On a grim year marked by a record number of video meetings, the idea of a drawn-out virtual office party can feel like a gift no one wants. But as companies are rethinking how to host meaningful holiday celebrations, or if they should have them at all, PayPal is embracing the spirit of the season, and the realities of remote work, by hosting a 29-hour virtual global holiday party for its 25,000 employees and their families.
Designed to highlight the local character of each of its 69 offices, the mid-December marathon festivities represent a radical experiment in building company culture for remote teams.
PayPal’s party schedule reads like an intercontinental smörgåsbord. Performers include Indian piano prodigy Lydian Nadhaswaram, Japanese percussionist Joji Hirota and Mexican guitar duo Rodrigo y Gabriela. There are magic shows, circus acts, cooking and cocktail mixing classes, origami tutorials, K-Pop dance lessons, raffles, and several drag shows—roughly a hundred activities for every taste and time zone. There’s also a virtual dance floor where one can shimmy with colleagues, and for introverts, one-on-one chatrooms. Knowing that many employees would be with their families, several kid-friendly activities are on the roster.
PayPal’s regional offices were put in charge of planning a segment of the festivities—operating much like a hosts in a “progressive dinner party” where diners travel to a different location for each course.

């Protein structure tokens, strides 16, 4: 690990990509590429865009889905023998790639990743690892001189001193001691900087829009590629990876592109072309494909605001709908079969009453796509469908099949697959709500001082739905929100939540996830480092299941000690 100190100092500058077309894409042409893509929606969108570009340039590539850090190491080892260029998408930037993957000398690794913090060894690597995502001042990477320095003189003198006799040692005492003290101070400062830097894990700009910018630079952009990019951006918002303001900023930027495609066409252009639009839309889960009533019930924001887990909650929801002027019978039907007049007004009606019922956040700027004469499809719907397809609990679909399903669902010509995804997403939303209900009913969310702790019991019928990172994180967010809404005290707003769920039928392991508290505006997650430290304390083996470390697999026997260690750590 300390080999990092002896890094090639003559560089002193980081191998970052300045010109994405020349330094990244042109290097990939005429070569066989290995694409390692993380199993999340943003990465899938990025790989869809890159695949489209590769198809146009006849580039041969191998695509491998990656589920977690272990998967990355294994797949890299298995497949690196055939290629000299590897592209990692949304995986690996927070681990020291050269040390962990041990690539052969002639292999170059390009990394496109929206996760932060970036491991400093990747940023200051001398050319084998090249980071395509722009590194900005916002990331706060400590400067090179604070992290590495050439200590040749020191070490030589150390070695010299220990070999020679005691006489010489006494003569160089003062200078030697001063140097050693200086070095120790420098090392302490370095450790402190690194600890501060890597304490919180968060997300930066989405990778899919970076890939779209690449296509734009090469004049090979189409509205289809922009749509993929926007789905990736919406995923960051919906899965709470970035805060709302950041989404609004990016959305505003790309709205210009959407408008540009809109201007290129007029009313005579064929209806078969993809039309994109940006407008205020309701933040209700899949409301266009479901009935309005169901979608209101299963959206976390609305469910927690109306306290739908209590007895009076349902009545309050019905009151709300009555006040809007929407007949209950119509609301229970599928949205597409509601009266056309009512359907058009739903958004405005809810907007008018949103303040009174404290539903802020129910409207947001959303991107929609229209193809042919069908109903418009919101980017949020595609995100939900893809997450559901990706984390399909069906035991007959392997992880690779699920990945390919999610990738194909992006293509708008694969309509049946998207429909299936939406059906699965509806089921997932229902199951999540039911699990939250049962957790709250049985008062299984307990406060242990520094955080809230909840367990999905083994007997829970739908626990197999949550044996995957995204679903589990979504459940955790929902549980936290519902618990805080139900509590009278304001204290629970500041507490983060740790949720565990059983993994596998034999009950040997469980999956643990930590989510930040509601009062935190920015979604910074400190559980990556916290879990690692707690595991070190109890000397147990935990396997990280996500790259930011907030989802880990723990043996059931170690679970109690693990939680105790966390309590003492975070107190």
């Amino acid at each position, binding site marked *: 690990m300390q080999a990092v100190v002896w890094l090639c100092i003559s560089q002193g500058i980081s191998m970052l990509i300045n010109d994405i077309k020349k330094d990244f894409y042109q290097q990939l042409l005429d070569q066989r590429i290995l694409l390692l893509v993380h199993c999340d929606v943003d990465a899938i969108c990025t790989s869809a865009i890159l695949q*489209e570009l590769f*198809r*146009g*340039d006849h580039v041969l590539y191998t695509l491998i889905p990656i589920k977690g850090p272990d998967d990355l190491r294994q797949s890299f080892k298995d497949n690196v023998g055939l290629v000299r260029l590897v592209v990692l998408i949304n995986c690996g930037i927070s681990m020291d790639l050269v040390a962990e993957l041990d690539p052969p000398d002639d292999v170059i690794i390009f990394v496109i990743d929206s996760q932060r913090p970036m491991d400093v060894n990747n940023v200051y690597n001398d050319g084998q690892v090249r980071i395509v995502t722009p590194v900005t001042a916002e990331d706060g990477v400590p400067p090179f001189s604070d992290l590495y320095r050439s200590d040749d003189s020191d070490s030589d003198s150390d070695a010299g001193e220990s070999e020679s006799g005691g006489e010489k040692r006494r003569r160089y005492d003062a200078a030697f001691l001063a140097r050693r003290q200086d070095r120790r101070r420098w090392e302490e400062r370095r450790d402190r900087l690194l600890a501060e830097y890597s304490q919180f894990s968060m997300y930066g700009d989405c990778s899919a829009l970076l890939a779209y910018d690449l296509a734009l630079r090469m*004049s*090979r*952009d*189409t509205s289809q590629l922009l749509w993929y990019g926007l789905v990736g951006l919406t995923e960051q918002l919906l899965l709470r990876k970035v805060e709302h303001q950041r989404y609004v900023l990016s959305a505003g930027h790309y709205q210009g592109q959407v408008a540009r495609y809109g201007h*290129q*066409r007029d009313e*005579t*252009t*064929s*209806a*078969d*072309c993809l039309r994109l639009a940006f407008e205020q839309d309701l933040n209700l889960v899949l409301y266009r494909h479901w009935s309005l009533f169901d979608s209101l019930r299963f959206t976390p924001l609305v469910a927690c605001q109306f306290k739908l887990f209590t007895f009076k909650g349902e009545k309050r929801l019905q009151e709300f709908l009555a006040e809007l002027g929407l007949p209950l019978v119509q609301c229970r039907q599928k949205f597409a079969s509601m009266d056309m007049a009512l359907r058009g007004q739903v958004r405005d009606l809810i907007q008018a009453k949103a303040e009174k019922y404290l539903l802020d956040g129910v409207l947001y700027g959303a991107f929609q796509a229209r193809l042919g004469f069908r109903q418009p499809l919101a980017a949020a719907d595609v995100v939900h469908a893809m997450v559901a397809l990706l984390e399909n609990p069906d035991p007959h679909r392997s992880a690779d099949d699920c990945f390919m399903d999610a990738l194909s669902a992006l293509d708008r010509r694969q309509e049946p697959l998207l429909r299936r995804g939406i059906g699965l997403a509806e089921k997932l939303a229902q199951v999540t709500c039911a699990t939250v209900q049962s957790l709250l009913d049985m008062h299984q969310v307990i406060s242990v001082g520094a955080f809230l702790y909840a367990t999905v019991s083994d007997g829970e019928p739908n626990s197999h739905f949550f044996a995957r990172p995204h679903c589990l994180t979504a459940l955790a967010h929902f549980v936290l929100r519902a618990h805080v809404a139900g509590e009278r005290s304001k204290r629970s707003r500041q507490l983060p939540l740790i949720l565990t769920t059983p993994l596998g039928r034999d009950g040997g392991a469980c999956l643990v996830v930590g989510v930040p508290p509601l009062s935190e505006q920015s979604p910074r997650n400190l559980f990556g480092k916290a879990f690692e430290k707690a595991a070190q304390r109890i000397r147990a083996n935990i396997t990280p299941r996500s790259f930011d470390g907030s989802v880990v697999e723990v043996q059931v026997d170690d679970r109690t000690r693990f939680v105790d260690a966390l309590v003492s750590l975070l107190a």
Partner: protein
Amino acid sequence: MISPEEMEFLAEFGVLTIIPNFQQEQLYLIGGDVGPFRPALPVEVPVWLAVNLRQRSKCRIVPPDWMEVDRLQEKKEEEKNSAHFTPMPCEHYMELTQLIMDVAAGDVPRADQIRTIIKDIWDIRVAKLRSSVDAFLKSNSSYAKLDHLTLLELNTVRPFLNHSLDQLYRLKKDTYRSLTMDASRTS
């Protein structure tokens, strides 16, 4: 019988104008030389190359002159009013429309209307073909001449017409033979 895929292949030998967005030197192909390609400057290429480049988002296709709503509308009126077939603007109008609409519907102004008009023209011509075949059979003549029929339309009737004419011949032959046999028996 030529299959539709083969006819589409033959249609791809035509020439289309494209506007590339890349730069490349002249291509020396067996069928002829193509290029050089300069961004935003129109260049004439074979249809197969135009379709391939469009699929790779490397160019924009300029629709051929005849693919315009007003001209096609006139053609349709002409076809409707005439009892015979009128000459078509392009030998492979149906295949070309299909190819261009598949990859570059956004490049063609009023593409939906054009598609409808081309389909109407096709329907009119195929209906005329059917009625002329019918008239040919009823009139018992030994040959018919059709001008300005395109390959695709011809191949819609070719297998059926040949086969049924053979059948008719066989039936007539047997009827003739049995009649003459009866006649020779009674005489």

Holiday parties are traditionally elaborate, decentralized productions at PayPal. Last year, the headquarters office in San Jose, California, rented a football stadium for a glitzy, Venetian-style masquerade ball and provided free childcare for parents. The New York office, for its part, held a pop-art themed blowout. Other sites had more intimate gatherings, with potlucks or employee talent shows.
Genessa Nannini, PayPal’s director of employee engagement, says the unique circumstances of this year inspired the company to consolidate office parties into one all-staff event. “We thought, wouldn’t it be interesting to have a global party hosted by local sites, so anyone can immerse themselves in the culture of our employees around the world,” says Nannini, who plans to stay up for the entirety of the party.
Attendance isn’t mandatory and employees can pop in and out whenever they want. Guests aren’t required to turn on their video cameras, except if they want to be seen in the virtual dance floor or in one-on-one chats. Dress code is “whatever you want,” with the caveat that kids may be tuned in.
For its first virtual party, PayPal wanted to try to make the experience just as memorable as in-person events. The company commissioned a custom-designed, interactive platform where guests enter through a virtual lobby and select which activity they’re interested in joining. Nannini says making the interface inclusive and accessible was a priority. Closed captioning and language support is integrated into the design. “It’s something new and different we hadn’t tried before,” says Nannini. “We knew that the basic Microsoft Teams [interface] or a Zoom meeting wasn’t going to cut it.”
“If there was ever a year to try something new and out-of the-box, in my mind, this is it,” she adds. “We’re willing to learn and maybe this will inform how we think of gatherings for 2021.”
Nannini says the decision to proceed with the virtual party was based on feedback from staffers who said how much they valued the annual year-end celebration. This became especially crucial during a challenging year when majority of its workforce have had to deal with the stresses of working from home or fret about an unexpected round of layoffs. Staff wellness, she explains, is ultimately goal. “We needed to give our employees an opportunity to feel good again.”